By Dwight Hill, Executive Vice President - Sabadell United Bank
Law schools spend little time on teaching lawyers the business of law. How to run a practice, grow a practice, manage a firm, lead other lawyers and all the other aspects of the business of law are left to on-the-job training. But a solid knowledge of the business side is important to help you reach your professional goals.
Because the business of law is a big subject, I will just address just one aspect in this article: starting your own firm. This can be both a simple and daunting task. I have seen the planning take months, and I have seen it done over a weekend.
The most important piece of advice is don’t try to go it alone. Developing a team of advisors and mentors — including a banker, CPA, and insurance agent — is a key element in achieving your goals. Add others to your team as your needs require. These professionals can give you the advice, tools and perspective your practice will need to grow and prosper. To find them, just ask others who have gone out on their own for recommendations.
Next, you will need to create a business plan — a road map that will also serve as a test of your assumptions for reaching your goals. This can range from a simple narrative outline to a detailed financial and management plan.
Your business plan will get you started. From there, you will need to delve into the details of starting the practice. How much staff will you need? How much will you have to pay them? Where will you locate your office? How much space will you need? What type of image do you need to convey to the public? What clients will you have? How will you market yourself?
And, of course, what will this all cost and how will you pay for it?
Unless you are blessed with personal wealth or have a rich relative, your banker is the best source of funds to get you going and keep you going until the collection of fees can cover your overhead. The financing you put in place needs to be enough to get you through your start-up phase with a margin of error. Just try and keep the over the-top expenses out of the equation. These can come later from your profits.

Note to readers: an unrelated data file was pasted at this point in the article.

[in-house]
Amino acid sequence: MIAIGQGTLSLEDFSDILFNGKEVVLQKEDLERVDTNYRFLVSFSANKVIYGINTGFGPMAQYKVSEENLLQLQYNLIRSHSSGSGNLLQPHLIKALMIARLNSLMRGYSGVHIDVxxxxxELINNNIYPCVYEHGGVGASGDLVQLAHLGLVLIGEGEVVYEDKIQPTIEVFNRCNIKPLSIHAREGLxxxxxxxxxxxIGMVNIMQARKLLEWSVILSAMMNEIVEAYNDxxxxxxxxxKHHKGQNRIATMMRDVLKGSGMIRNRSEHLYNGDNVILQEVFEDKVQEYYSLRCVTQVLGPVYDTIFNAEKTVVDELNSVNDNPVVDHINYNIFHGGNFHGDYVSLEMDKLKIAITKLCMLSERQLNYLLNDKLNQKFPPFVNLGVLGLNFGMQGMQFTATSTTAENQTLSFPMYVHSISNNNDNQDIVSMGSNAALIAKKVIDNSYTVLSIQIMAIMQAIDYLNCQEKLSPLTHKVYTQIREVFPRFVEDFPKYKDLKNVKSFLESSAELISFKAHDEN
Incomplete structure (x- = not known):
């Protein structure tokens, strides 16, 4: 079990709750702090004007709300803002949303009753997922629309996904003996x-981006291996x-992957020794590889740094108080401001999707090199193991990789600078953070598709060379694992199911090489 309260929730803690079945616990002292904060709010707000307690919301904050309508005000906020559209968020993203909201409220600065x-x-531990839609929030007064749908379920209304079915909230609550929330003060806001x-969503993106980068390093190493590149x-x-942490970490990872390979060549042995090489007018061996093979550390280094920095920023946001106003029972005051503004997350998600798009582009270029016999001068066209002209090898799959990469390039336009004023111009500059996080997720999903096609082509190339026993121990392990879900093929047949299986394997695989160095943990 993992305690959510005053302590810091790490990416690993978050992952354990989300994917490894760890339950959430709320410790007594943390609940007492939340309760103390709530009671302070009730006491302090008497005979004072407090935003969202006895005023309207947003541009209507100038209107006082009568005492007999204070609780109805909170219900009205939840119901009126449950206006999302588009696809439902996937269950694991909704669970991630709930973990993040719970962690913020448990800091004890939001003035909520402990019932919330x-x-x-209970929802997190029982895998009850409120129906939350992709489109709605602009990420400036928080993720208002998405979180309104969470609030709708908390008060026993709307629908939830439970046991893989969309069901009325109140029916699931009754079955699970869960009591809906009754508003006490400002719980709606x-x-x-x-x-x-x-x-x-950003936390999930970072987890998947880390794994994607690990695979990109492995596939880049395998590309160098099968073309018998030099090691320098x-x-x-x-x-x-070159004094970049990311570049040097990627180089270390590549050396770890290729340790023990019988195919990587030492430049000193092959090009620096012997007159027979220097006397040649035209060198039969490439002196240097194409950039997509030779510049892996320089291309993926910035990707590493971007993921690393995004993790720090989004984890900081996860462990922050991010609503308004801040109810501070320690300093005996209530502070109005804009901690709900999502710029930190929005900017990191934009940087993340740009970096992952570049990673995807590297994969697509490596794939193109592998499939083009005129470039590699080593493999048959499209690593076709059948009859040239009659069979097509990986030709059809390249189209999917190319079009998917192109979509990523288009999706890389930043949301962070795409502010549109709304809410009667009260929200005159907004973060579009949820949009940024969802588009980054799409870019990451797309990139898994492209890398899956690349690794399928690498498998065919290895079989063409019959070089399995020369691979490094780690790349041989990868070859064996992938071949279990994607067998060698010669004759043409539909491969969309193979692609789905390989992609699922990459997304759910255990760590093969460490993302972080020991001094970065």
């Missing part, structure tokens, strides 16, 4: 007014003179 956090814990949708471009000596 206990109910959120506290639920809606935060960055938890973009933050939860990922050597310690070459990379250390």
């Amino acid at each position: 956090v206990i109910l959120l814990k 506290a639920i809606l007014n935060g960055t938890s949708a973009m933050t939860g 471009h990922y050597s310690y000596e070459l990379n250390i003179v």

When requesting financing, be prepared to share all your financial records with your banker. A typical loan request of this type will require personal guaranties and financial strength to back the credit. You will be asked to provide a personal financial statement, historical tax returns, a business plan, a cash flow projection, and other information to show that you will succeed and pay back the loan. This is where a good CPA, who knows what you want to accomplish, can come in handy. Be prepared to give your bank a lien on your firm’s assets, and it’s not uncommon for a bank to require life insurance and some security outside of the practice itself.
With funding in hand, bank accounts for your operating and trust accounts, you can move on to the other aspects of your business plan with a solid foundation in place.
Now it’s up to you. You can make it happen!
|For an outline of a business plan, drop an email to Dwight.firstname.lastname@example.org with “Business Plan” in the subject line.|
Dwight Hill is executive vice president of Sabadell United Bank. He has more than 25 years of experience in providing financial resources for professionals, and has presented on financial aspects of the legal practice to such groups as the Dade County Bar young lawyers section, and the Florida Justice Association.
By Dwight Hill
Executive Vice President
Sabadell United Bank
1111 Brickell Ave., 30th Floor
Miami, FL 33131
South Florida Legal Guide 2010 edition